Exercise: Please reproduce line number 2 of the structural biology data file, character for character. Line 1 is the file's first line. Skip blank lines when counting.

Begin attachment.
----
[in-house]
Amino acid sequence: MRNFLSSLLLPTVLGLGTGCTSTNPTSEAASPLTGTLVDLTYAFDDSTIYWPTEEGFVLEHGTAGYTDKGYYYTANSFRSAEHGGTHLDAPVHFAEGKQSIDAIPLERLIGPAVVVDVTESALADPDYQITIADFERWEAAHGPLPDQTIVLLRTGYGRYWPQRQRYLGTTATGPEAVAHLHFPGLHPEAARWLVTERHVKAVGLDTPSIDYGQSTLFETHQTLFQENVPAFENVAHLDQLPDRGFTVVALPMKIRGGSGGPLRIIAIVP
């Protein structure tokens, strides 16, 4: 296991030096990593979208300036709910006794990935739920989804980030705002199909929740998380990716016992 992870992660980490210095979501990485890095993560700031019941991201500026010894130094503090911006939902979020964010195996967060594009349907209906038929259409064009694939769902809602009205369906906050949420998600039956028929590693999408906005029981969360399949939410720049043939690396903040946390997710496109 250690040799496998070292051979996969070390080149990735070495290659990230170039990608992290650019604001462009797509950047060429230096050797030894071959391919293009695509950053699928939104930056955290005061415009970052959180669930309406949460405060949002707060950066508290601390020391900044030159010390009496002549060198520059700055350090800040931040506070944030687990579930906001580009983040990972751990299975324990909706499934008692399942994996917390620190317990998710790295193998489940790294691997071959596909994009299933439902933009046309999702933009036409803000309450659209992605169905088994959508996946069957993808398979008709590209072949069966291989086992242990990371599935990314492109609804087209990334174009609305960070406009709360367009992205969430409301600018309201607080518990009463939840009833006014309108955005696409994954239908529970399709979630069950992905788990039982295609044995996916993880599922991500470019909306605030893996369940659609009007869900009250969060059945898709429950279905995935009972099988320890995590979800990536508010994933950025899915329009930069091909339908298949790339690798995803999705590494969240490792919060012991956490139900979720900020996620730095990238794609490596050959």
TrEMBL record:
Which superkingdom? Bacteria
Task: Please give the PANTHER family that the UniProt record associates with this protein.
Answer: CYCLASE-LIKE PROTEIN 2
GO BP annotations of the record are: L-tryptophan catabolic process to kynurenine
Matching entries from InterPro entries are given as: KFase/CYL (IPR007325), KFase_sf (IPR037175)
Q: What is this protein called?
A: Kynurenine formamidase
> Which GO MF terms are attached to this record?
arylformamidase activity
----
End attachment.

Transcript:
Amino acid sequence: MRNFLSSLLLPTVLGLGTGCTSTNPTSEAASPLTGTLVDLTYAFDDSTIYWPTEEGFVLEHGTAGYTDKGYYYTANSFRSAEHGGTHLDAPVHFAEGKQSIDAIPLERLIGPAVVVDVTESALADPDYQITIADFERWEAAHGPLPDQTIVLLRTGYGRYWPQRQRYLGTTATGPEAVAHLHFPGLHPEAARWLVTERHVKAVGLDTPSIDYGQSTLFETHQTLFQENVPAFENVAHLDQLPDRGFTVVALPMKIRGGSGGPLRIIAIVP